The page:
The Ein El Hilweh Palestine refugee camp (EHC), located 3 km south-east of Saida, was first settled in 1948 by refugees from northern Palestine.
The camp received many Palestine refugees from other camps during Lebanon’s civil war, becoming the country’s largest camp in terms of both area and population; an estimated 80,000 people reside in and around the camp, in an area of 1.5 square km. The United Nations Relief and Works Agency for Palestine Refugees in the Near East (UNRWA) began operations in the camp in 1952. The Agency does not manage or administer the camp, but does provide many essential services within.
An estimated 6,000 Palestine refugees from Syria (PRS) have settled in the camp since the start of the conflict, joining Palestine refugees in Lebanon (PRL) who already face high levels of multigenerational poverty and vulnerability. Camp residents – both PRS and PRL – suffer from high rates of poverty and unemployment and remain heavily dependent on UNRWA and NGO services for housing, health care, and education. They have few independent sources of income, partly due to legal restrictions on work and property ownership.
The influx of high numbers of PRS into an overcrowded urban space has put a further strain on already overstretched and inadequate infrastructure and services in the camp. It has also increased competition over scarce resources, jobs, and assistance, increasing the risk of community tension. PRS are particularly vulnerable given their higher levels of poverty and unemployment than PRL, and fewer community and family support systems to rely upon.
SECURITY & ACCESS
Security is a major concern in EHC. The camp is a microcosm of the Palestinian political universe, with virtually all Palestine Liberation Organization (PLO), Syria-aligned (“Tahaluf”), extremist, and Islamist factions represented and in constant competition for influence and power. This situation has produced a tense and confrontational environment characterized by lawlessness and frequent break-downs into brief episodes of armed violence. The frequent violence in the camp – perpetrated by a small number individuals, including non-Palestinians – severely threatens the safety and security of its inhabitants and impedes their ability to access a range of desperately-needed UNRWA services; it prevents children from going to school and patients from accessing vital health and other services.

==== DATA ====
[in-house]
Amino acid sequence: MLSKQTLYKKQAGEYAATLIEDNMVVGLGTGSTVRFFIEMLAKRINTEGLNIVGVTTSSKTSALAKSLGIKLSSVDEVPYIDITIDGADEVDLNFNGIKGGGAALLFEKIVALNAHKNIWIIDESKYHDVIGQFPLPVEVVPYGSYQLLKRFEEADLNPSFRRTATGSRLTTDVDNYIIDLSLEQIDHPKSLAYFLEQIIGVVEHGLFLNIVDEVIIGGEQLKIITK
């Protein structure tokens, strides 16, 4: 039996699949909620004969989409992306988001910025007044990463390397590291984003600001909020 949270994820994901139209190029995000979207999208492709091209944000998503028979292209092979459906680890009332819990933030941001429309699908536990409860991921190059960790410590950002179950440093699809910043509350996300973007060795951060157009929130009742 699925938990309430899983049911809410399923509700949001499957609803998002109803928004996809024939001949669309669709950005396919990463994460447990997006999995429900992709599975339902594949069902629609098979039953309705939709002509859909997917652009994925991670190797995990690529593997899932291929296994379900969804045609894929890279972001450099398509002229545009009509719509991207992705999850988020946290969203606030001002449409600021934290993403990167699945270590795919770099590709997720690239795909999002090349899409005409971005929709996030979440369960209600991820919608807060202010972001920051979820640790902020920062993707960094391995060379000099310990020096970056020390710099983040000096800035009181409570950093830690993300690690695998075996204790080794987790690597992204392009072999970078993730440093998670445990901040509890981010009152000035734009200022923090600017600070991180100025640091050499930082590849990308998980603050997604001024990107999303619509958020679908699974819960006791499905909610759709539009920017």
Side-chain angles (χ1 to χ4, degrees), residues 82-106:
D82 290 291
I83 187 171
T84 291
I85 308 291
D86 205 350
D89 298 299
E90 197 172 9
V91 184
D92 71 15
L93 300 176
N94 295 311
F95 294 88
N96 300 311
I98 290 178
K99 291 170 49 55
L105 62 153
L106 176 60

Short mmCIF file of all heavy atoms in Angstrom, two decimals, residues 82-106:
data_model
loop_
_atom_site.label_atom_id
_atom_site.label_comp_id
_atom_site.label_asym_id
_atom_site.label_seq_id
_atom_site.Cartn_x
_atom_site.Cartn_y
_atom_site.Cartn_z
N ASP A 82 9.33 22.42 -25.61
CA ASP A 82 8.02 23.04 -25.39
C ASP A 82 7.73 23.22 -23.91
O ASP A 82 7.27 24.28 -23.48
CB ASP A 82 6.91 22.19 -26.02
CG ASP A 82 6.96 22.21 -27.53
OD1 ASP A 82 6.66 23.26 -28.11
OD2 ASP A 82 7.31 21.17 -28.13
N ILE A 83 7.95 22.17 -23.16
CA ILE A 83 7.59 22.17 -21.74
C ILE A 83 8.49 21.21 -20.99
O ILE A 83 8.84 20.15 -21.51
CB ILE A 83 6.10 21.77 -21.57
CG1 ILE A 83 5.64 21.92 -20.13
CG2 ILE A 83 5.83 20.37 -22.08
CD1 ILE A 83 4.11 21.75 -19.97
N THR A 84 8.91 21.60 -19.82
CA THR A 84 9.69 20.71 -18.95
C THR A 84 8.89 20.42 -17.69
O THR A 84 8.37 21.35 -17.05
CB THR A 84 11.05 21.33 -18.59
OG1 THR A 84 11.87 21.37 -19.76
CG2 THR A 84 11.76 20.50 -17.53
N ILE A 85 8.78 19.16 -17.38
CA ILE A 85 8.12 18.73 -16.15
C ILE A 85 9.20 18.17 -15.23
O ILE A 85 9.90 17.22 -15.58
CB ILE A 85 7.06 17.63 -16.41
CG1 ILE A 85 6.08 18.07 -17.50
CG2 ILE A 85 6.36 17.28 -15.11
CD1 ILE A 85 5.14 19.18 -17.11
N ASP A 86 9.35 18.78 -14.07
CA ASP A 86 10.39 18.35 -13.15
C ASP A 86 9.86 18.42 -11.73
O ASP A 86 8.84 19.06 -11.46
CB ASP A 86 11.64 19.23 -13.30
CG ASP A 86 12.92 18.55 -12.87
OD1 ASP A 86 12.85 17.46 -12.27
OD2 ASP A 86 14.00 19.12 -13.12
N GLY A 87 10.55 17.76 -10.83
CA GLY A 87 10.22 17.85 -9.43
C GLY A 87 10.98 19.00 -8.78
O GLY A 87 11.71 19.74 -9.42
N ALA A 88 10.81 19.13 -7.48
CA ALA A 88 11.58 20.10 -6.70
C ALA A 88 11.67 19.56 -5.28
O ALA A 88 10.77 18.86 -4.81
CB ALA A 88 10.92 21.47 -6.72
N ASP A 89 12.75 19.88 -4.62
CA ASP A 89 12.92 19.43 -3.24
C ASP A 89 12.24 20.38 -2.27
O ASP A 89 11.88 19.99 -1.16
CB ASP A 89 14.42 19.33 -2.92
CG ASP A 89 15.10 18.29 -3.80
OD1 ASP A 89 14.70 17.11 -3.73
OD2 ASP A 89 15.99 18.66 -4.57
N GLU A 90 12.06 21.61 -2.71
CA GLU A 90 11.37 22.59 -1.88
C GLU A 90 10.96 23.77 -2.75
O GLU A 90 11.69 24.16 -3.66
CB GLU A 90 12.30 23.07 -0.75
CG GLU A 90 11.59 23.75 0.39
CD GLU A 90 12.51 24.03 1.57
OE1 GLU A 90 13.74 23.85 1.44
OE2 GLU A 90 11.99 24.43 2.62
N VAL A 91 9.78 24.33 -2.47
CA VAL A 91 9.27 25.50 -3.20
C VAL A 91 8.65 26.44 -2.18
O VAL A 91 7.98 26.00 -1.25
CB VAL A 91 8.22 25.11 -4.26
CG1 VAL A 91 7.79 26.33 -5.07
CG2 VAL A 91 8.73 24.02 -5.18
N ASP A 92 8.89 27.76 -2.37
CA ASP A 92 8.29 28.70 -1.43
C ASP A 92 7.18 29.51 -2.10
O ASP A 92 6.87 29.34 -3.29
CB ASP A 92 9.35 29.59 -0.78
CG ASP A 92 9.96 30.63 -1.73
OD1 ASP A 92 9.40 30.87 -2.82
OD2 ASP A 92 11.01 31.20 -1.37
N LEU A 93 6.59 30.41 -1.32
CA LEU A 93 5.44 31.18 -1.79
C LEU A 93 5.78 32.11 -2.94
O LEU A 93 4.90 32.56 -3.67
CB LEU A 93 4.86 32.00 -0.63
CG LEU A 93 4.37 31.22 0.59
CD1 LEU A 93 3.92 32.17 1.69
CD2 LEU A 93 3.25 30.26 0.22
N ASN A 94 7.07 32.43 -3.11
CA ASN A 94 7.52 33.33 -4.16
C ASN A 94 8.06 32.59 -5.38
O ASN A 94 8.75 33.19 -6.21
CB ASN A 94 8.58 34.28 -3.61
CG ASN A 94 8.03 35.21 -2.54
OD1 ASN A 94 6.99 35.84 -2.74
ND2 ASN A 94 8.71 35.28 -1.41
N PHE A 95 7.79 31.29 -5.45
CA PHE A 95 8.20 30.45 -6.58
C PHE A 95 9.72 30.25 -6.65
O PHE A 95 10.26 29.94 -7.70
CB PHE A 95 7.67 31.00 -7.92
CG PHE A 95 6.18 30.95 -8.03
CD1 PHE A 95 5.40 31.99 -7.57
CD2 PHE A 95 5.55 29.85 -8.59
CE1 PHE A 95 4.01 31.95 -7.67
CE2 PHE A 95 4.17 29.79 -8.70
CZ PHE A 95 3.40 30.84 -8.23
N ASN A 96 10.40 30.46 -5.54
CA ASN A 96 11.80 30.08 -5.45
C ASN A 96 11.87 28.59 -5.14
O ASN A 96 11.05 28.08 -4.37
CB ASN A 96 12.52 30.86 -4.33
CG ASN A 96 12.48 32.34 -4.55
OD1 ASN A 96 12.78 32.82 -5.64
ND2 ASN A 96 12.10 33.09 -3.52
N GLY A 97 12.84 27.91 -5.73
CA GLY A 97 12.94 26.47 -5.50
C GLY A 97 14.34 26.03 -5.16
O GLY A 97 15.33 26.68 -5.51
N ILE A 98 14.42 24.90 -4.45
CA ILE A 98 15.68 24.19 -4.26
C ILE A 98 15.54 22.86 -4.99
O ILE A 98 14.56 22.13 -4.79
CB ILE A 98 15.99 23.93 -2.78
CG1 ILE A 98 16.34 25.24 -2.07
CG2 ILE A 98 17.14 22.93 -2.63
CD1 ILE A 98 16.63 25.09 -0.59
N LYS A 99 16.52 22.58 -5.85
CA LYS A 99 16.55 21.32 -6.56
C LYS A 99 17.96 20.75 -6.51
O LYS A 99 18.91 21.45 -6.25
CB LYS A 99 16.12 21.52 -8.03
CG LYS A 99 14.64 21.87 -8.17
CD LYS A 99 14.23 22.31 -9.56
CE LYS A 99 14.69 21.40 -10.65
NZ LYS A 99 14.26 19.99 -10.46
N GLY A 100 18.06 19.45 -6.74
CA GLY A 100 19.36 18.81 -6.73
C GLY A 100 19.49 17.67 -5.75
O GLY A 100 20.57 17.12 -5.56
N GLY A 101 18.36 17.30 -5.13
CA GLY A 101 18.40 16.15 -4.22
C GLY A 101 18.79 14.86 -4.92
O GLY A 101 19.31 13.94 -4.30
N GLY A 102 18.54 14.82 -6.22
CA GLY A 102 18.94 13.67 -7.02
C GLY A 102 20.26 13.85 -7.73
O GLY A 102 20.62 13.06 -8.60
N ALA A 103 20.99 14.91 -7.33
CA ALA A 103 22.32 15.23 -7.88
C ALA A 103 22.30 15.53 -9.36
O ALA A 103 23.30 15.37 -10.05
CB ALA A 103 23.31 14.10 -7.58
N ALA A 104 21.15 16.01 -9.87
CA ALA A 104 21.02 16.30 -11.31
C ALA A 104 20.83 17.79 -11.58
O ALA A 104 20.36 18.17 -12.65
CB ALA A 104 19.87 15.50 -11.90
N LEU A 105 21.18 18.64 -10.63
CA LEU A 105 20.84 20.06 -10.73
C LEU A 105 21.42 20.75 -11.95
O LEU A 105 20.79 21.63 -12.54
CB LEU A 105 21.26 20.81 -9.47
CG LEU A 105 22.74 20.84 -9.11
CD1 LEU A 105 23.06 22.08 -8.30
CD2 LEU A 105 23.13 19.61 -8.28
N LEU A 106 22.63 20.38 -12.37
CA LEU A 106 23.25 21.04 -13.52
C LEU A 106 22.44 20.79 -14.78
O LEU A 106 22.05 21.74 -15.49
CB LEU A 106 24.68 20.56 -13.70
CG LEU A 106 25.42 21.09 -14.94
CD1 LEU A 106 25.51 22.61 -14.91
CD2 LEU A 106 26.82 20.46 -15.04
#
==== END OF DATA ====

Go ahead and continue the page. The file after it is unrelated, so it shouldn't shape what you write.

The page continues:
In July-August 2015, fighting between the PLO faction Fatah and the extremist group Jund al-Sham reportedly left 6 dead, over 70 injured, and 3,000 displaced.
Unrest beginning in December 2016 forced UNRWA to close different installations in the camp on at least 18 occasions. In February 2017, a severe conflict erupted in the camp between PLO factions and Islamist groups following the temporary dissolution of the camp’s Joint Security Force, an inter-factional force with the aim of preventing clashes between rival factions and containing extremists. The clashes caused 1 death and 10 injuries. Additional clashes in March killed two in renewed fighting between Fatah and Jund al-Sham.
Sustained clashes between Fatah and followers of Bilal Badr in April left 9 dead and 95 injured, and again in August left 7 dead and 64 wounded. The continued instability of the Joint Security Force, along with ongoing difficulties in patrolling certain neighborhoods, is a major obstacle to sustaining peace in the camp.
Continued sporadic clashes have caused extensive damage and interrupted critical UNRWA services. These disruptions have particularly severe consequences given camp residents’ dependence on UNRWA and NGO services.
Insecurity in EHC also impacts residents’ freedom of movement. While residents are generally able to leave and enter the camp, movement is often restricted during the frequent periods of heightened security measures, limiting access to employment and essential services.
Security restrictions have also been reported on the entry of building materials to the camp, inhibiting shelter improvements and infrastructure rehabilitation.
In addition, the conflict in Syria has heightened tensions in EHC, with numerous factions resolutely opposed to the Syrian regime and Hezbollah’s involvement in the conflict.
While most of these factions existed in the camp before 2011, the conflict has likely strengthened and emboldened certain more extreme groups, including Jund al-Sham.
The Lebanese army maintains a security zone around the camp and controls its four main entrances, but has no presence within – as is the case in all the Palestine refugee camps in Lebanon except Nahr el-Bared (which has had its own security setup since the 2007 crisis). Security inside EHC is maintained by an inter-factional security committee, by Palestinian factions themselves, and by a Fatah-led Joint Security Force composed of most of the camp’s factions.
- UN Office for the Coordination of Humanitarian Affairs
- To learn more about OCHA's activities, please visit https://www.unocha.org/.